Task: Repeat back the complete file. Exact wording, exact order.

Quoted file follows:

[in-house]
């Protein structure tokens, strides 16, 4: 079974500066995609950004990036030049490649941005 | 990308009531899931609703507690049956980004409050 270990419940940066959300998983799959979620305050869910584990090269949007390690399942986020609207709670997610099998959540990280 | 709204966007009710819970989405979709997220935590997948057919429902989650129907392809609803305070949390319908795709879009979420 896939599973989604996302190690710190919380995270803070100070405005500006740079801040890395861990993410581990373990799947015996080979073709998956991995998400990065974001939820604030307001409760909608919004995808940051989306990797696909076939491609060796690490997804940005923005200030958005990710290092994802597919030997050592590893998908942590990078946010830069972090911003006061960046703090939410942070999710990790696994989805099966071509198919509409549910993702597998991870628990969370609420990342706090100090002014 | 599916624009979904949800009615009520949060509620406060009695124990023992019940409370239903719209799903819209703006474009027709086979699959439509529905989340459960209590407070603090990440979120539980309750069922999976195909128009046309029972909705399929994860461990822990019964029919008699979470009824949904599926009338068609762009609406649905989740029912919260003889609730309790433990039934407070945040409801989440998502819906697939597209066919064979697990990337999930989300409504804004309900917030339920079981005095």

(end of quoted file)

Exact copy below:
[in-house]
């Protein structure tokens, strides 16, 4: 079974500066995609950004990036030049490649941005 | 990308009531899931609703507690049956980004409050 270990419940940066959300998983799959979620305050869910584990090269949007390690399942986020609207709670997610099998959540990280 | 709204966007009710819970989405979709997220935590997948057919429902989650129907392809609803305070949390319908795709879009979420 896939599973989604996302190690710190919380995270803070100070405005500006740079801040890395861990993410581990373990799947015996080979073709998956991995998400990065974001939820604030307001409760909608919004995808940051989306990797696909076939491609060796690490997804940005923005200030958005990710290092994802597919030997050592590893998908942590990078946010830069972090911003006061960046703090939410942070999710990790696994989805099966071509198919509409549910993702597998991870628990969370609420990342706090100090002014 | 599916624009979904949800009615009520949060509620406060009695124990023992019940409370239903719209799903819209703006474009027709086979699959439509529905989340459960209590407070603090990440979120539980309750069922999976195909128009046309029972909705399929994860461990822990019964029919008699979470009824949904599926009338068609762009609406649905989740029912919260003889609730309790433990039934407070945040409801989440998502819906697939597209066919064979697990990337999930989300409504804004309900917030339920079981005095």